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The Shocking COVID-19 Symptom That Doctors are Now Discovering

A new study shows coronavirus can injure your testicles.
Doctor and senior man wearing facemasks during coronavirus and flu outbreak

With all the talk of COVID-19 damaging your lungs, heart and even toes, one other body part has been left out of the headlines—but it is at risk of injury: the testicles. 

"A new study from Chinese and American researchers reveals that the new coronavirus could potentially injure testicles without infecting its cells," reports the Science Times. "After careful analysis of patient samples from Wuhan, the researchers discovered that the virus caused 'ballooning' changes and attacked cells responsible for producing sperm."

The Warning Signs

The link between COVID-19 and the testicles has been a focus since the virus started spreading. Since men seem to be more affected by COVID-19 than women, doctors started to wonder what the difference was.  A different study in China a month ago showed one in five men claimed they had "scrotal discomfort" and, in the United States, according to the American Journal of Emergency Medicine, a man in his forties went to the ER complaining of "constant stabbing pain that originated from his groin." He later tested positive for coronavirus.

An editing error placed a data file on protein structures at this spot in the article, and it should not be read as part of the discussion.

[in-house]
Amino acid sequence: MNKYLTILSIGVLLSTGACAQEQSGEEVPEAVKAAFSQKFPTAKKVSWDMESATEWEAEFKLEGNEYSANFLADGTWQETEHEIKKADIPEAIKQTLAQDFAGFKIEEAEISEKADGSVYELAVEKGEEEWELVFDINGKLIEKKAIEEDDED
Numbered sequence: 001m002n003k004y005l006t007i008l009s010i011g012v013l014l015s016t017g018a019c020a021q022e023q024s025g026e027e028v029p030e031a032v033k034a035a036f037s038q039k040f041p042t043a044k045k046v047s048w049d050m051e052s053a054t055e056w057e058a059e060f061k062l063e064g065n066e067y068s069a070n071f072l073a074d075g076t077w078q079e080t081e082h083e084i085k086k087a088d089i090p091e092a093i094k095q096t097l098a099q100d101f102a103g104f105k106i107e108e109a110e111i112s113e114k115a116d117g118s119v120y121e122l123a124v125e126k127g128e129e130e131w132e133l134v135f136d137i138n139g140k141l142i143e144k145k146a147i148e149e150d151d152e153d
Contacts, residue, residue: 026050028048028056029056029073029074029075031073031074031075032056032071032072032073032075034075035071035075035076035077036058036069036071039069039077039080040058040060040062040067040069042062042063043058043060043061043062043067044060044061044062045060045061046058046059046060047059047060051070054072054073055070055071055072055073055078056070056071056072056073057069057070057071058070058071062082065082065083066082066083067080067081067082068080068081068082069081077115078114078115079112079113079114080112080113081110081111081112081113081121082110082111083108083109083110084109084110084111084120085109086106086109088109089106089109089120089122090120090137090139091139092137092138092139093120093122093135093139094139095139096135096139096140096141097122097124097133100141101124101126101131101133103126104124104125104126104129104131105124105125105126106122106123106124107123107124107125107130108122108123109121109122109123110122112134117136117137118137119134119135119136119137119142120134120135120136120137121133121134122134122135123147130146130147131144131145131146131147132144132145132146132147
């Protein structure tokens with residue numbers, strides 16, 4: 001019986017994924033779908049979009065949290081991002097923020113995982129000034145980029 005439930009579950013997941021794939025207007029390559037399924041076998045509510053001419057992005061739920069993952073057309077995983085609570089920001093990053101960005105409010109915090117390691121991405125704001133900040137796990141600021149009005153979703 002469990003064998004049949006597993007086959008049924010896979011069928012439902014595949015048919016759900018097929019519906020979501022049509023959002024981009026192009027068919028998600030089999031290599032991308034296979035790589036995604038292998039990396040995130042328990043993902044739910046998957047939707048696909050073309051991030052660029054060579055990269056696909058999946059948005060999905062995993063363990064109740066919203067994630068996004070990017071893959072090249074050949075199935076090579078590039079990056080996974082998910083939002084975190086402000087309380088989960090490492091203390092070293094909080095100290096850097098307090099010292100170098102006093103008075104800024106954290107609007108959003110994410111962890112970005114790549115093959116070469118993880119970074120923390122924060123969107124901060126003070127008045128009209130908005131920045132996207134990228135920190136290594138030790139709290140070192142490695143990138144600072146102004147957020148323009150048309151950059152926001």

"High expression of ACE2 in testes raises the possibility that testicular viral reservoirs may play a role in viral persistence in males and should be further investigated," reported a study in medRxiv.

How COVID-19 Infects the Testicles

"Scientists believe that the reaction was culminated by the virus clinging onto an enzyme on the cell's surface," reports the Times. "On the contrary, almost no viral genes were detected in the semen and testicular tissue of patient samples. These findings suggest that a sexually transmitted infection did not cause the effects."

Since it's not sexually-transmitted, there is no danger in the sperm itself. "Sperm donation or an impregnation plan could be considered during convalescence for Covid-19 patients," the researchers concluded in European Urology Focus. The peer-reviewed paper was published Sunday.

However, you could still spread COVID-19 to your sexual partner in the known ways—even if you test negative. "If you and a partner test negative to COVID-19, you were not infected at the time you took the test," says Dr. Deborah Lee, a sexual health expert and medical writer at Dr Fox Online Pharmacy. "However, it is always possible you could have become infected since the test was taken. Continually following the safety rules of staying at home, hand-washing and social distancing are vital."

If you are experiencing scrotal discomfort, call your medical professional immediately. And to get through this pandemic at your healthiest, don't miss these Things You Should Never Do During the Coronavirus Pandemic.

Alek Korab
Alek Korab is a Co-Founder and Managing Editor of the ETNT Health channel on Eat This, Not That! Read more
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